1. The Beatles

American television host Ed Sullivan smiles while standing with British rock group the Beatles on the set of his television variety series, New York, February 9, 1964. Left to right: Ringo Starr, George Harrison, Sullivan, John Lennon, Paul McCartney
Express Newspapers/Getty Images

Albums sold: 183 million

2. Garth Brooks


Cooper Neill/Getty Images for dcp

Albums sold: 148 million

3. Elvis Presley

Elvis Presley is seen playing the guitar in his 1966 film, 'Spinout'
Hulton Archive/Getty Images

Albums sold: 146.5 million

4. Eagles

The Eagles in concert, "History of the Eagles" tour, Grand Rapids, September 2014. Doolin-Dalton
Rachel Kramer via Flickr // CC BY 2.0

Albums sold: 120 million

5. Led Zeppelin


Hulton Archive/Getty Images

Albums sold: 111.5 million

6. Billy Joel

Albums sold: 84.5 million

7. Michael Jackson


Getty Images

Albums sold: 84 million

8. Elton John

Elton John plays a concert in 2008.
LENNART PREISS/AFP/Getty Images

Albums sold: 78.5 million

9. Pink Floyd

Albums sold: 75 million

10. AC/DC

Albums sold: 72 million

11. George Strait

Albums sold: 69 million

12. Barbra Streisand

Barbra Streisand
Terry Fincher, Express/Getty Images

Albums sold: 68.5 million

13. The Rolling Stones

Mick Jagger and Keith Richards of The Rolling Stones in concert
Getty Images

Albums sold: 66.5 million

14. Aerosmith

Aerosmith performs on stage during the Operation Tribute to Freedom, NFL and Pepsi sponsored “NFL Kickoff Live 2003” Concert on the Mall
U.S. Navy, Public Domain, Wikimedia Commons

Albums sold: 66.5 million

15. Bruce Springsteen

Bruce Springsteen performs during the closing ceremony of the Invictus Games 2017 at Air Canada Centre on September 30, 2017 in Toronto, Canada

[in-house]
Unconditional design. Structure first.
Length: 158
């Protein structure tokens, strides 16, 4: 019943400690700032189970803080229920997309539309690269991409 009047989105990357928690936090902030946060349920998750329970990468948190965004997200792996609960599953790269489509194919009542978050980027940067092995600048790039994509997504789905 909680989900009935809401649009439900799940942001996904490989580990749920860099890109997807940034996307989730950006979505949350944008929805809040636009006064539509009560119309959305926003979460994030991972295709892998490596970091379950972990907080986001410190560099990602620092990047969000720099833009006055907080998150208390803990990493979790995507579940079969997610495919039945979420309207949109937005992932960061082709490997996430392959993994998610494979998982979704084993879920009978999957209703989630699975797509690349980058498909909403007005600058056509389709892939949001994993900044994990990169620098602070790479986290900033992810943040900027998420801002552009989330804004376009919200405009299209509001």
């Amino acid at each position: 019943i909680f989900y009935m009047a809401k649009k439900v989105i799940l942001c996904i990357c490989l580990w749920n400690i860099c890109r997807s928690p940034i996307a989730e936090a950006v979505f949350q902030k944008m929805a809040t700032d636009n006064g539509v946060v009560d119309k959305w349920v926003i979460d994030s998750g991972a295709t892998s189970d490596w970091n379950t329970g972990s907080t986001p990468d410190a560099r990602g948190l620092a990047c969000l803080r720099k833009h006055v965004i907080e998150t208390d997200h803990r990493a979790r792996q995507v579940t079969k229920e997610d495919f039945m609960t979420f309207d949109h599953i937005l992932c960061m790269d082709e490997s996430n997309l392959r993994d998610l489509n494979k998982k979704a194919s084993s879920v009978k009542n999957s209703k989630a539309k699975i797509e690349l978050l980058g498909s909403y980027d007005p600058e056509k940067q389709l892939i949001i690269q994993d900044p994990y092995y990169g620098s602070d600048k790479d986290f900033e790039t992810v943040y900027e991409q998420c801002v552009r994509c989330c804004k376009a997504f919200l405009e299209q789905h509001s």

Chris Jackson/Getty Images for the Invictus Games Foundation

Albums sold: 66.5 million

16. Madonna

Albums sold: 64.5 million

17. Mariah Carey

Mariah Carey performs during the 2019 Billboard Music Awards at MGM Grand Garden Arena on May 1, 2019 in Las Vegas, Nevada
Ethan Miller, Getty Images

Albums sold: 64 million

18. Metallica

Albums sold: 63 million

19. Whitney Houston

American singer Whitney Houston performing on Good Morning America (Central Park, New York City) on September 1, 2009.

Albums sold: 58.5 million

20. Van Halen

Albums sold: 56.5 million

21. Fleetwood Mac

Trade ad for Fleetwood Mac's album Rumours
Warner Bros. Records - Billboard, page 86, 25 Jun 1977, Public Domain, Wikimedia Commons

Albums sold: 54.5 million

22. U2

The Edge and Bono of the rock band U2 perform at Bridgestone Arena on May 26, 2018 in Nashville, Tennessee
Jason Kempin, Getty Images

Albums sold: 52 million

23. Céline Dion

Albums sold: 50 million

24. Neil Diamond

American pop singer-songwriter Neil Diamond relaxes with his guitar. Diamond is shortly to make his film debut in a remake of 'The Jazz Singer'
Keystone/Getty Images

Albums sold: 49.5 million

25. Journey

Albums sold: 48 million

26. Kenny G